Solar Rooftop Energy Harms Minorities, Claims News Outlet Tied to Utility Industry

Politic365, which calls itself “the premier digital destination" for "policy related to communities of color,” has ties to the utility industry and opposes solar energy.

SAN RAFAEL, CA - FEBRUARY 26:  SolarCraft workers Craig Powell (L) and Edwin Neal install solar panels on the roof of a home on February 26, 2015 in San Rafael, California. According to a survey report by the Solar Foundation, the solar industry employs more workers than coal mining with nearly 174,000 people working in solar compared to close to 80,000 mining coal.  (Photo by Justin Sullivan/Getty Images)

Politic365, a media website that touts itself as “the premier digital destination for politics and policy related to communities of color,” has emerged as a leading online critic of home solar energy, publishing nearly a dozen articles about how policies to promote solar energy-powered homes will harm minority groups, particularly African Americans.

The website looks and feels like a traditional media outlet, and in many ways it is. It  covers a range of issues, from policing to the 2016 presidential campaign. But when it comes to energy policy, readers of the site may not realize that Politic365 is maintained by a public policy consulting firm that serves the utility industry.

The issue at hand is “net metering,” a rule that allows homeowners to claim credits for the electricity they generate and send back to the grid. Electric utility companies view the proliferation of such rules as a threat to their bottom line and are lobbying to repeal net metering policies throughout the country.

Politic365 has published article after article criticizing net metering, arguing that the policy leads to regressive rate hikes. Matthew C. Whitaker, a guest contributor, claimed that net metering will increase utility rates on low-income customers, meaning the policy will have a “negative impact on African Americans.” Another article, by Politic365’s E.R. Barnette, asked why “are policies like net energy metering allowed to proliferate unchecked when they hurt the American people who can’t afford [sic] install solar panels?” Politic365 founder and editor-in-chief Kristal High has blogged multiple times in opposition to net metering, at one point castigating a proponent of rooftop solar as aloof and “privileged.”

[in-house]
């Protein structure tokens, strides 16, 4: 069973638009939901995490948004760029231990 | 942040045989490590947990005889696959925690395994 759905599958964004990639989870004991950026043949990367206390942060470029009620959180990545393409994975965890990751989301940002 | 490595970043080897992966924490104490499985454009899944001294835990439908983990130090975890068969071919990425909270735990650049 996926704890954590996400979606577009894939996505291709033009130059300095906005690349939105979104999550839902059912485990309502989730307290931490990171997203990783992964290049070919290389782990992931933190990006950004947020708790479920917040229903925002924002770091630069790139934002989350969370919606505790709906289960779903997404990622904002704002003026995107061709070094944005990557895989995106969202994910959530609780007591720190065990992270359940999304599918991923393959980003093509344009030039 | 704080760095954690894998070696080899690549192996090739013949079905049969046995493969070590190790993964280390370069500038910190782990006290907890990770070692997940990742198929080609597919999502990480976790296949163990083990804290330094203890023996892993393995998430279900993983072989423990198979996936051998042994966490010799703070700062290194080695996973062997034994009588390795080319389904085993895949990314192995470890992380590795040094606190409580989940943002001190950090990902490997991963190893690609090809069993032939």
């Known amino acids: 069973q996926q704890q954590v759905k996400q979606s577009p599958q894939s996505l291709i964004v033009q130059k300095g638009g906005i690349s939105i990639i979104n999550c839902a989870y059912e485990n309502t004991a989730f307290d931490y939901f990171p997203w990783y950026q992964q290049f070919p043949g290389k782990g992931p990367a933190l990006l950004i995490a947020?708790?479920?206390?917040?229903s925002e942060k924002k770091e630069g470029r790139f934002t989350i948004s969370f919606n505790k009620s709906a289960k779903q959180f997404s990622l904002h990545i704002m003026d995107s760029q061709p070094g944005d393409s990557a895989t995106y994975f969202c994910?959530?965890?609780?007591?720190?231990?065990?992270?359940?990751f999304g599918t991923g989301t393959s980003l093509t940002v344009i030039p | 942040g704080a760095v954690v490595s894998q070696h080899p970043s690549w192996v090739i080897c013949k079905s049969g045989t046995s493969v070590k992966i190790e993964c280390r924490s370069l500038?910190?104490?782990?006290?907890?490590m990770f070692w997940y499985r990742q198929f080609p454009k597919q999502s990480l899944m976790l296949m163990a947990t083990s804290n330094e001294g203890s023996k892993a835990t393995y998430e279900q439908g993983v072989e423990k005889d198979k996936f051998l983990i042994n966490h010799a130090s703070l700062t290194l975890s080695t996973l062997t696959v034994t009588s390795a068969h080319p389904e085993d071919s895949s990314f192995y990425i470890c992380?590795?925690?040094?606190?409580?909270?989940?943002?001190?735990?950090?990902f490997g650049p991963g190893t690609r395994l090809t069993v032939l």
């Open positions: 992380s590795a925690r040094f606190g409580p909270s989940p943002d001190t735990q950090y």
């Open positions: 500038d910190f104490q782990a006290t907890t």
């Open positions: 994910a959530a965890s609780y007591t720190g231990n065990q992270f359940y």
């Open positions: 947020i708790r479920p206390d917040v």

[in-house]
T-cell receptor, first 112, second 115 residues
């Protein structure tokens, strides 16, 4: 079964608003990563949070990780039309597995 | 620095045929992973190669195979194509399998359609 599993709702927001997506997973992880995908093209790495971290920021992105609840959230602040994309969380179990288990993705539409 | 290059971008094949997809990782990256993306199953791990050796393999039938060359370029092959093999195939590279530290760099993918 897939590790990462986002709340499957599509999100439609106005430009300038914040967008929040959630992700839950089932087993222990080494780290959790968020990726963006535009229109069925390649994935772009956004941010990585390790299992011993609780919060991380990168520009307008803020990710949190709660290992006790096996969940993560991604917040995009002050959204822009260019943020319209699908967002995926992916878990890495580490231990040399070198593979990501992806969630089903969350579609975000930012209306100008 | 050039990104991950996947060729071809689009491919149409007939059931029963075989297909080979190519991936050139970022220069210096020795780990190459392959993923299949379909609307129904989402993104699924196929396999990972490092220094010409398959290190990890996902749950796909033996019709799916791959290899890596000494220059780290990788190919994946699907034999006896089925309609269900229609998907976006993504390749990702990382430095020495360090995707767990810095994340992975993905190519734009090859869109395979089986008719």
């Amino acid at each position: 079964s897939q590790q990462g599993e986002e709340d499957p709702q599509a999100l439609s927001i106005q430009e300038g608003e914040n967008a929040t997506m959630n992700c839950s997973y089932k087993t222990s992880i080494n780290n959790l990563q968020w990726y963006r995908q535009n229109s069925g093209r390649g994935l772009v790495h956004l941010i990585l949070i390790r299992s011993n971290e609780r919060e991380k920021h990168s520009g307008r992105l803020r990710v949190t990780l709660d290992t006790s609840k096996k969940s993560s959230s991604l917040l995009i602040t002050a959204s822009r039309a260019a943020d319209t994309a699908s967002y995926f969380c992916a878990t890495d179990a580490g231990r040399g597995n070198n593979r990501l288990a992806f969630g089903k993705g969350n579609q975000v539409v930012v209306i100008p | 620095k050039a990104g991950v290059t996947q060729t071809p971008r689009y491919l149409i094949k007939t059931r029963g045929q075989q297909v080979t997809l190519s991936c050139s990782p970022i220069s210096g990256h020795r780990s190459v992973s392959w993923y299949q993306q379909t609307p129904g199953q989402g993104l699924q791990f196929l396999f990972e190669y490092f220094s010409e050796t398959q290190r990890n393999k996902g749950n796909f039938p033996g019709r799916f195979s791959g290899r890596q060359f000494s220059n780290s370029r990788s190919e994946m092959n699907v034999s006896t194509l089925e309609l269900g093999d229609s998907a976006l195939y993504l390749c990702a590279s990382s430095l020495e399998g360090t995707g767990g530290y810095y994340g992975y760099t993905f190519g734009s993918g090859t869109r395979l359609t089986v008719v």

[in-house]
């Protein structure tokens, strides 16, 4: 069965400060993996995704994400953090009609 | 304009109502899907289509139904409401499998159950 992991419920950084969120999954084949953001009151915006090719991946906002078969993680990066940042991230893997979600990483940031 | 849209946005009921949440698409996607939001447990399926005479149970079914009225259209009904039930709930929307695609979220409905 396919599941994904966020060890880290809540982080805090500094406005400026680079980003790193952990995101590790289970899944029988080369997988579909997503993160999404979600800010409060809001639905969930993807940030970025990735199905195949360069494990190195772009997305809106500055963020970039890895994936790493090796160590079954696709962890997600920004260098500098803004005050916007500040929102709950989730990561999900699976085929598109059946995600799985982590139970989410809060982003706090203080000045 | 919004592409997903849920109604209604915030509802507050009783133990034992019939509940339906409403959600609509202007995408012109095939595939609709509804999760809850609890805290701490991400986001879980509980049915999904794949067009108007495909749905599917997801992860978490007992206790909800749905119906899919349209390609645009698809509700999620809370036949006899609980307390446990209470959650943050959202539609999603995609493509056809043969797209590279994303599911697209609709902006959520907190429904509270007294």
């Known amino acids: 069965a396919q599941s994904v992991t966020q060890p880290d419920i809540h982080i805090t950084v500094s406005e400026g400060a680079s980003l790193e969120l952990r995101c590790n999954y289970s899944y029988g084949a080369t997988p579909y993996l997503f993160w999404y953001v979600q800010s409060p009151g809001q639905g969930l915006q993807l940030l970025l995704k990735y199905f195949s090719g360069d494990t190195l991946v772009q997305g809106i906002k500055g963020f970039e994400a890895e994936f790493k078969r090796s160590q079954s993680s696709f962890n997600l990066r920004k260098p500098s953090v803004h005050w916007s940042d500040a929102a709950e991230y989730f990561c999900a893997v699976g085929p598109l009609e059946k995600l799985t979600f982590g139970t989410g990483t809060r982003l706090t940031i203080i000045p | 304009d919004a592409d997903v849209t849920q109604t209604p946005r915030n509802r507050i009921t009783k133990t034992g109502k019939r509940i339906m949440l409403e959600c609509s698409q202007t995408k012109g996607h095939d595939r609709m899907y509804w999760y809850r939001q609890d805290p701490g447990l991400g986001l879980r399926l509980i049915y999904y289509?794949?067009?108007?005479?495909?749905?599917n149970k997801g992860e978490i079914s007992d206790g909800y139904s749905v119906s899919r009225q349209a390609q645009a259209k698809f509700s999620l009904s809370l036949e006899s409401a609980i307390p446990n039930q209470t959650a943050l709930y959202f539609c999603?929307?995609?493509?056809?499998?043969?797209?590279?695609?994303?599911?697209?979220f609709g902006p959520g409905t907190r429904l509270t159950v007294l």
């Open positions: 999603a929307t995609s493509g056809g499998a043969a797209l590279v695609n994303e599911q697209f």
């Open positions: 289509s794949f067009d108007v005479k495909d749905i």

The claim that residential solar energy providers are shifting costs onto low-income consumers is disputable. The Politic365 writers do not consider the benefits of community-based solar projects, which share solar power with renters and tenants, nor do they consider research showing that solar producers have actually saved ratepayers money by providing energy back to the grid. As the environmental news site Grist noted, when “structured correctly, net metering can spread economic benefits across communities, including to those who can’t produce their own solar power.”

NetCommunications, a public policy consulting firm that registered the domain for Politic365, has been retained in the past for public relations campaigns on behalf of the utility industry. It was founded by Julia Johnson, who is Politic365 editor-in-chief Kristal High’s stepmother. High also disclosed during a radio program last year that she is a paid consultant to DCI Group, a lobbying firm that represents Verizon, ExxonMobil and other interests.